PIPE investment in a SPAC

A SPAC merger often involves a private investment in public equity (PIPE). A PIPE deal is when one or more large private investors—such as hedge funds or mutual funds—privately negotiate a transaction with a public company, buying shares directly from the merger target rather than through public-market mechanisms. These are negotiated as part of the initial combination. Investing in a PIPE allows large institutions to buy shares at a discount if the announcement of the overall transaction eventually causes the SPAC’s share price to rise. 

Company structure in a SPAC merger

A company that conducts an IPO remains the same business entity it was before. In a SPAC merger, the target company ceases to exist in its prior form once it is acquired by the SPAC. However, the newly combined company will often retain the original name of the target company.

The recent SPAC boom

The SPAC market experienced its biggest boom ever in 2020 and 2021. There were less than 50 IPOs by SPACs each year from 2015 to 2018. That figure climbed to 248 in 2020, and 613 more SPACs went public in 2021.

This was part of a much broader bull market across the global economy. In 2021, public stock prices climbed to all-time highs, venture capitalists invested more cash than ever before, and Wall Street experienced its biggest year ever for IPOs. When the wider market experienced a downturn in 2022, the market for SPACs again followed suit. There were 86 IPOs from SPACs in 2022, down 86% year over year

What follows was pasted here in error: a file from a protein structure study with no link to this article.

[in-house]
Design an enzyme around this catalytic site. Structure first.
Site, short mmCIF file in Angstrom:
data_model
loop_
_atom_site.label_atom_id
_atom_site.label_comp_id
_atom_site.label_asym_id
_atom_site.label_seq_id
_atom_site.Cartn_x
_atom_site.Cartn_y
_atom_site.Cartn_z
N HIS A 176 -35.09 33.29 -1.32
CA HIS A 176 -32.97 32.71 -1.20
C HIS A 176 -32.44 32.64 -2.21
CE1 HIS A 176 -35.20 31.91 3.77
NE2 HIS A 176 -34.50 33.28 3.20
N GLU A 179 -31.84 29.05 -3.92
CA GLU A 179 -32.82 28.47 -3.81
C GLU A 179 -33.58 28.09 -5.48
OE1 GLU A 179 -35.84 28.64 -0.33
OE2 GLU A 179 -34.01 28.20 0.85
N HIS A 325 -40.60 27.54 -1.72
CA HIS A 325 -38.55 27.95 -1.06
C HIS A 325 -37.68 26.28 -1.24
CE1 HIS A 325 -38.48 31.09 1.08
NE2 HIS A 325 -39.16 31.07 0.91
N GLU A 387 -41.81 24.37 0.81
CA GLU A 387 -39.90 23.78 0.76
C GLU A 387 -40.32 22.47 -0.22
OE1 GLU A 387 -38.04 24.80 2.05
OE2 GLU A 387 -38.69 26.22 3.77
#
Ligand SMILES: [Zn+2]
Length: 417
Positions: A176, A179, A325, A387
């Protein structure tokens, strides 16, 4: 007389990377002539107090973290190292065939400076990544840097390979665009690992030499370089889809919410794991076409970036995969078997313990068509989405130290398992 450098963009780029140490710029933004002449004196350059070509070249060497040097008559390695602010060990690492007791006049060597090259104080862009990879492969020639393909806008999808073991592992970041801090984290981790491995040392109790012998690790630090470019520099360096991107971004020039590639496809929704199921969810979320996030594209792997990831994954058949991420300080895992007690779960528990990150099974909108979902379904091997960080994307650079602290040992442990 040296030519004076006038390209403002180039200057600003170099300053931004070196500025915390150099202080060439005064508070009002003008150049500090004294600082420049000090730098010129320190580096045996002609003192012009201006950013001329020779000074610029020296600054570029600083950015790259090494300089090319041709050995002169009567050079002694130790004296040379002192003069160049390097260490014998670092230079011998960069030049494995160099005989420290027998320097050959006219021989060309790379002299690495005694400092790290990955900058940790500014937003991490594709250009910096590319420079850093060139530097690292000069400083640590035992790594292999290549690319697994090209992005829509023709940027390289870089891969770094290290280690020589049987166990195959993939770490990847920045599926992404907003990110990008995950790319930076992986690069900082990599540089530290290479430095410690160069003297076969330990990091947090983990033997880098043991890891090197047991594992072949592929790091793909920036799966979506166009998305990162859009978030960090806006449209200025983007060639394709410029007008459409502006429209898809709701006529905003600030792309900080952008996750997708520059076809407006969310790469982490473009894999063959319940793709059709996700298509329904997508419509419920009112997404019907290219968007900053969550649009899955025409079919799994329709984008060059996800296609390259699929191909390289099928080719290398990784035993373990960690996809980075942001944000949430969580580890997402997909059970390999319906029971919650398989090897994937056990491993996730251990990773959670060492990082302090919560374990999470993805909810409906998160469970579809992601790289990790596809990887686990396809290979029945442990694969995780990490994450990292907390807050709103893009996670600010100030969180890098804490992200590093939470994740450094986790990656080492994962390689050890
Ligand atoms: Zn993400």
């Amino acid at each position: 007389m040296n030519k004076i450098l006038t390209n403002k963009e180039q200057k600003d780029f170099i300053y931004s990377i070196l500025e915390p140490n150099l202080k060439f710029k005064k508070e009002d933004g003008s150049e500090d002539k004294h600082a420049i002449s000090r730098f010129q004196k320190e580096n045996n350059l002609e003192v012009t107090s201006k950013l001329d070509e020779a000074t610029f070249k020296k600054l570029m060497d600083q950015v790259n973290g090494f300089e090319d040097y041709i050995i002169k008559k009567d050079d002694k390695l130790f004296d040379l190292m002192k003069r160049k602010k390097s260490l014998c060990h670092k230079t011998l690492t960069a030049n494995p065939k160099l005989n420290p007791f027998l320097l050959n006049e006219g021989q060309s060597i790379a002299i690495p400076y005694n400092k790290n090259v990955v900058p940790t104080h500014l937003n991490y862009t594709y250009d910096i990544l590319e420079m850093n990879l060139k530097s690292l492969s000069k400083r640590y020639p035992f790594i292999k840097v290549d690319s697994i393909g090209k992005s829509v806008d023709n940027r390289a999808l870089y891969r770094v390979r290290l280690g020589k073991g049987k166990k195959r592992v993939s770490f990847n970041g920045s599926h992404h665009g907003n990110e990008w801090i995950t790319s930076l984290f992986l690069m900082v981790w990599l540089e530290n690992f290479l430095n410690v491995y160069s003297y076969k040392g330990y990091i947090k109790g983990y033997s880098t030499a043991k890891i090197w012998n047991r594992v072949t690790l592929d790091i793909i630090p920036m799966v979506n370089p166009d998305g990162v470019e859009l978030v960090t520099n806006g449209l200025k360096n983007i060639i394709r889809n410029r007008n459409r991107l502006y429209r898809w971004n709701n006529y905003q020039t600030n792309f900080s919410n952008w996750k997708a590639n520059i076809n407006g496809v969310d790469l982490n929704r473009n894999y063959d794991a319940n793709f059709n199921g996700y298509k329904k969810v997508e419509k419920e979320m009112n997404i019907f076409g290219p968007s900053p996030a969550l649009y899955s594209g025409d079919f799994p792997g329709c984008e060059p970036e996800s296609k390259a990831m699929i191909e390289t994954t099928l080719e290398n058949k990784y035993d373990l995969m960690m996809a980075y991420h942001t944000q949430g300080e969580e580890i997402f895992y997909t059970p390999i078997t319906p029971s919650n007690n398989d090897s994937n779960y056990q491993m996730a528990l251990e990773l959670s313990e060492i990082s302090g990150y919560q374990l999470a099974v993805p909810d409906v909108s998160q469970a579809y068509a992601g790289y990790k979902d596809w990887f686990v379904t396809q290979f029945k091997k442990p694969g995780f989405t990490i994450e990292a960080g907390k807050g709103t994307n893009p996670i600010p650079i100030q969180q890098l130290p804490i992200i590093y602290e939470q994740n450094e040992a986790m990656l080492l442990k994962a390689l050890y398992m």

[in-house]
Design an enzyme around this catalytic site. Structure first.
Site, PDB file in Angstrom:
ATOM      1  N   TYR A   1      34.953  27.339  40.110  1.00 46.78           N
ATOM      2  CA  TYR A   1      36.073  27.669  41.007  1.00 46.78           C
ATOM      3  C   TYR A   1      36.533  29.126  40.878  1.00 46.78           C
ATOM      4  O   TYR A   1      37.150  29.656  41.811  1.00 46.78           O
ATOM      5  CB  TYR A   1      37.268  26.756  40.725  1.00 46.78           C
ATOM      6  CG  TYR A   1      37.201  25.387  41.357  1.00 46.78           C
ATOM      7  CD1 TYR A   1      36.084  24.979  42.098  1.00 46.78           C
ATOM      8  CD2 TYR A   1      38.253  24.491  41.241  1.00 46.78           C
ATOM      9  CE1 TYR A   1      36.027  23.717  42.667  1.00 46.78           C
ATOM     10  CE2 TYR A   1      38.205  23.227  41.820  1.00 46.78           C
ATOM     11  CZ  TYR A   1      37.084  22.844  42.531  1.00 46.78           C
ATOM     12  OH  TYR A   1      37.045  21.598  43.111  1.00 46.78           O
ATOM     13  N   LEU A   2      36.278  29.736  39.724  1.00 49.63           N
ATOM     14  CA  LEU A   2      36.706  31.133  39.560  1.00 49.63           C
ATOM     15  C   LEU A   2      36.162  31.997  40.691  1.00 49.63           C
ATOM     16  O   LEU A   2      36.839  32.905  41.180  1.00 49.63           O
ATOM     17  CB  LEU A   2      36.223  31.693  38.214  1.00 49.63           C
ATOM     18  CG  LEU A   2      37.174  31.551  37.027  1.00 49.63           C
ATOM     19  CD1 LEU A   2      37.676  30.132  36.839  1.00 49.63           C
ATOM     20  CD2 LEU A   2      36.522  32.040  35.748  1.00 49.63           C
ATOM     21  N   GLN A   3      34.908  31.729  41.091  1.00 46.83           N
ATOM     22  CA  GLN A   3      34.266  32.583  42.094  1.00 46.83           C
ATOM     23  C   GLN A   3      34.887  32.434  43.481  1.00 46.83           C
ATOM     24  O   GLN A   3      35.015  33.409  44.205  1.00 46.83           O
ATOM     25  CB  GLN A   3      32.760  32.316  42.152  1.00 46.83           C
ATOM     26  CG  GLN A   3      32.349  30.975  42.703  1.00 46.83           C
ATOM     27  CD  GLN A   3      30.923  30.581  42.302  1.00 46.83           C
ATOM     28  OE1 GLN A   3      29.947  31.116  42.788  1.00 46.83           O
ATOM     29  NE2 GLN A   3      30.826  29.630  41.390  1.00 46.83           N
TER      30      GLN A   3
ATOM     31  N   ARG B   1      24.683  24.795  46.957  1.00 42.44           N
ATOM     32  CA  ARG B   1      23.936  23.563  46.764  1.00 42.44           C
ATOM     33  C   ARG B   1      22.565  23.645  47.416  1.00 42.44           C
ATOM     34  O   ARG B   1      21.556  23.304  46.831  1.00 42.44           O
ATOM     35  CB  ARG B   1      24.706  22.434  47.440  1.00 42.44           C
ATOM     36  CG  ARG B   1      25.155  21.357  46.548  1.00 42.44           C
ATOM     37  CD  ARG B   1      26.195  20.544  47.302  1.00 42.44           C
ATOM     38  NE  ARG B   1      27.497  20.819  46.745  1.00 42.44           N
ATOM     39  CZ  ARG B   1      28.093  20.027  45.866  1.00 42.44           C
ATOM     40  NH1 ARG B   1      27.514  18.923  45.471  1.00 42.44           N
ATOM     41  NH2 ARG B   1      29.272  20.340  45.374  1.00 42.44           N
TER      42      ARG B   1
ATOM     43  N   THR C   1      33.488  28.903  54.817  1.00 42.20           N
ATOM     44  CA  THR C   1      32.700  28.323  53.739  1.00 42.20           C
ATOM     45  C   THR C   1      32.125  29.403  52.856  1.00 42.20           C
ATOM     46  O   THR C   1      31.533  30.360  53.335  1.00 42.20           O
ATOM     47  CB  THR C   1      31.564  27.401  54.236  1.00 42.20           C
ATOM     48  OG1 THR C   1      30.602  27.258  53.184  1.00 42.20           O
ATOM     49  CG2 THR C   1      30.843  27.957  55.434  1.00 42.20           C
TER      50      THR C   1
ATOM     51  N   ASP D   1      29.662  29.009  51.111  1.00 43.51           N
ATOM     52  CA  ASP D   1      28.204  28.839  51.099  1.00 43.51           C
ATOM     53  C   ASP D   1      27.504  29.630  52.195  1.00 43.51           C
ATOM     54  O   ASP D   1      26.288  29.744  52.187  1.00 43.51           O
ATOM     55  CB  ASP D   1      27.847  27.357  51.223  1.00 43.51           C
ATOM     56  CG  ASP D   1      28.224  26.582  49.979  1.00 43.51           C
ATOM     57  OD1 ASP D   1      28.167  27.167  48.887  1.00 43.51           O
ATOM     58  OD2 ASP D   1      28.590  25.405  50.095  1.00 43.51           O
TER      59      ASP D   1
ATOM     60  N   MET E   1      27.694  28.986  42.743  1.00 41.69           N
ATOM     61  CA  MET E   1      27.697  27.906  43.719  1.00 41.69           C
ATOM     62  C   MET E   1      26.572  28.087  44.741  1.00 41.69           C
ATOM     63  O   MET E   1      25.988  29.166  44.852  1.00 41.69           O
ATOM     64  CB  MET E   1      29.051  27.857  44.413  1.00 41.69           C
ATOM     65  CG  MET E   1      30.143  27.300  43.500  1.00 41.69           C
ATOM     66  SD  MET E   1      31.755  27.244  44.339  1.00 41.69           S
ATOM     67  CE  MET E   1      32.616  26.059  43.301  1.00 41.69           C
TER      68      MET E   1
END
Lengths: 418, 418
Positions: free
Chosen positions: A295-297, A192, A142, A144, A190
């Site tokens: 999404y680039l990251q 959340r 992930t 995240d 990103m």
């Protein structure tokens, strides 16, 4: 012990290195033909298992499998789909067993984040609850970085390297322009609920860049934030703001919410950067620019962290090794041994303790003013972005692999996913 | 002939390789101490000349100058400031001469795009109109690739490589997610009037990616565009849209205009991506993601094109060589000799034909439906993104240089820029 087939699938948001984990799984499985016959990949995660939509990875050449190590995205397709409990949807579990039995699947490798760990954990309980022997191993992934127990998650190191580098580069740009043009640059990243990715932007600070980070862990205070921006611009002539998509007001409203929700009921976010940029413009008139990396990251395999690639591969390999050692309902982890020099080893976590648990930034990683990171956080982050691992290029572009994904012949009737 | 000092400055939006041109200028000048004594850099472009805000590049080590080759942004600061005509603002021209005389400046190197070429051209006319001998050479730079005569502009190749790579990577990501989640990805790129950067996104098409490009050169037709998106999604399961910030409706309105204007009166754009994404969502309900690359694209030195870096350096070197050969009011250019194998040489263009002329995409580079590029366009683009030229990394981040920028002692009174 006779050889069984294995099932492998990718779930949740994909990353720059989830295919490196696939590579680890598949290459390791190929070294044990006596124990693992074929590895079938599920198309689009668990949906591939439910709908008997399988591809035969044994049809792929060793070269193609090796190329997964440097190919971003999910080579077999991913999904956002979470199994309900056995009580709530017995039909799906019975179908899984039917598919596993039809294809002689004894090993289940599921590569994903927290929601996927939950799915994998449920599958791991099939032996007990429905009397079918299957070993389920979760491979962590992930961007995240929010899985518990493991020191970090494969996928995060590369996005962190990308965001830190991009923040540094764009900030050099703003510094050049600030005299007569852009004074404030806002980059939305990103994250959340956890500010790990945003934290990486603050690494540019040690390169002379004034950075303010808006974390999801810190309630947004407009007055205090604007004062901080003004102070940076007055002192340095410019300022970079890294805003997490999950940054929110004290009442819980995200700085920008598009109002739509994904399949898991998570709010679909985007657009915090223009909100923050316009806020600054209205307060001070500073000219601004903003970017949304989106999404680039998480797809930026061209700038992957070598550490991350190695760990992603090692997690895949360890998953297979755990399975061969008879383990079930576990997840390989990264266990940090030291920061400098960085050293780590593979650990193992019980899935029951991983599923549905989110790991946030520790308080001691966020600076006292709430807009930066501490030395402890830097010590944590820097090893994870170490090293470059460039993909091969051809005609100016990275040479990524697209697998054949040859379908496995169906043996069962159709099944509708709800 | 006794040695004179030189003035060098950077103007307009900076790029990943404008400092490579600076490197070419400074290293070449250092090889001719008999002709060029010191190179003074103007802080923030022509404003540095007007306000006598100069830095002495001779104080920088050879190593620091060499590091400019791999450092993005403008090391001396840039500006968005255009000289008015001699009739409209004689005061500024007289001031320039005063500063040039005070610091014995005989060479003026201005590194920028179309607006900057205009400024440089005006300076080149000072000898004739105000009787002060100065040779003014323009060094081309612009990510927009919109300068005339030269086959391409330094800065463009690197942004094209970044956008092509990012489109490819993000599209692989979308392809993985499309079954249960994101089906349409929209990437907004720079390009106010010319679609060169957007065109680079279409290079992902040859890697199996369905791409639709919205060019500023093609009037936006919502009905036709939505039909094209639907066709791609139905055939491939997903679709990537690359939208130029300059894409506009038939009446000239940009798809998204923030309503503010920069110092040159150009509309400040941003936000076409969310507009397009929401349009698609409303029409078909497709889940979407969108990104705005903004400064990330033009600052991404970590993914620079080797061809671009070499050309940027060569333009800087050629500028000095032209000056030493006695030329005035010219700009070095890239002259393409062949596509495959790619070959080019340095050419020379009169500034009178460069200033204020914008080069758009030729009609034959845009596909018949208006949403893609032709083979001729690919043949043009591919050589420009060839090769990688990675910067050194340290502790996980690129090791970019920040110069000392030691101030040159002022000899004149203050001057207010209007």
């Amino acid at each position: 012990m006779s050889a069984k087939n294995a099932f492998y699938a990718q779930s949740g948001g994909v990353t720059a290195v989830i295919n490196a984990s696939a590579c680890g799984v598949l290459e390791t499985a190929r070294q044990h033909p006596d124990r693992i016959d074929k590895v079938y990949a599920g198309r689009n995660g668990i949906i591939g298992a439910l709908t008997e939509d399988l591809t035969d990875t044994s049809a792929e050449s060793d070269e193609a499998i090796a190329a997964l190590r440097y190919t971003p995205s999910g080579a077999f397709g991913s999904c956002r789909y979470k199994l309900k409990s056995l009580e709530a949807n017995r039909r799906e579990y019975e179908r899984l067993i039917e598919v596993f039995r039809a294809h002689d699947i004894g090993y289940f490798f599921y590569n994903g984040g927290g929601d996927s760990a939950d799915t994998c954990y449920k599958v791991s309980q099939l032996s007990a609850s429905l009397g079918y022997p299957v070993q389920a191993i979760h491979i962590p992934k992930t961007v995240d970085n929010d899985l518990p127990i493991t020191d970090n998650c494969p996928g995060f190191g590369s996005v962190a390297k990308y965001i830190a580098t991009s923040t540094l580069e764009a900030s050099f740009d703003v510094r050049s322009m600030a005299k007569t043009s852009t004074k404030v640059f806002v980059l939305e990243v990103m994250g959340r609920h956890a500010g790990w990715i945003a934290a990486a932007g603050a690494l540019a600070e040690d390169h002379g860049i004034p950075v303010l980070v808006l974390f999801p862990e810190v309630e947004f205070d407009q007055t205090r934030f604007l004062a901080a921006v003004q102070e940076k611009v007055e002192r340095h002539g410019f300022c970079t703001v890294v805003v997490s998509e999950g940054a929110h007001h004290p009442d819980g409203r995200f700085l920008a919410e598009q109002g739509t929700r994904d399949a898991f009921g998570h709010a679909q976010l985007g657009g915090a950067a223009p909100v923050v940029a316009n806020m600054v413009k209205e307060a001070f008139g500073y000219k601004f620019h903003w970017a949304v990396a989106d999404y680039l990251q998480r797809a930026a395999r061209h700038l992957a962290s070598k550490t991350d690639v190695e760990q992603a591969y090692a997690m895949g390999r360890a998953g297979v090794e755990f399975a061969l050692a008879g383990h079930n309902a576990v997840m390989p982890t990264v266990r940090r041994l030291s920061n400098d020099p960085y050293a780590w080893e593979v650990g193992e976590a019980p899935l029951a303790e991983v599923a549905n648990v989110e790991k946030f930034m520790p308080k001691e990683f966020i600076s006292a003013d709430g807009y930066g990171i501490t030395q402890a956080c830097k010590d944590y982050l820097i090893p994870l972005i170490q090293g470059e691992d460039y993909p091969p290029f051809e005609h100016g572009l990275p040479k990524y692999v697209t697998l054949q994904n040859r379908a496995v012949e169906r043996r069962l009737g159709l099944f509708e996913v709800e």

SPAC vs. IPO

For a company that’s going public, one of the biggest differences between conducting an IPO and being acquired by a SPAC is the complexity of the transaction. A traditional IPO has stricter regulatory requirements, which makes the IPO process more time-consuming, complicated, and expensive than a SPAC merger. 

This is because a SPAC merger doesn’t technically create a new publicly traded company, since the SPAC itself is already publicly traded. The SPAC is subject to normal IPO filing regulations when it goes public, but by its nature, it has no financial disclosures for the U.S. Securities and Exchange Commission (SEC) to examine at the time of its offering. 

However, that difference in oversight may be changing. In March 2022, the SEC proposed new rules that would more closely align the disclosure requirements for IPOs and SPAC mergers.

SPAC vs. SPV

A special purpose vehicle (SPV) is another type of legal entity that investors use to invest in a single company. However, SPVs differ from SPACs in many key ways, including the way they are formed, their typical size, how common they are, and what sort of investors use them.

Most importantly, SPVs work with earlier stage companies and fill a different role in the lifecycle of a venture capital-backed company than SPACs. An SPV is most commonly used to acquire a minority stake in a private company, often an early-stage startup. If and when the private company is acquired or goes public, the SPV exits its investment.

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Author: The Carta Team
While we believe in assigning ownership at Carta, this blog post belongs to all of us.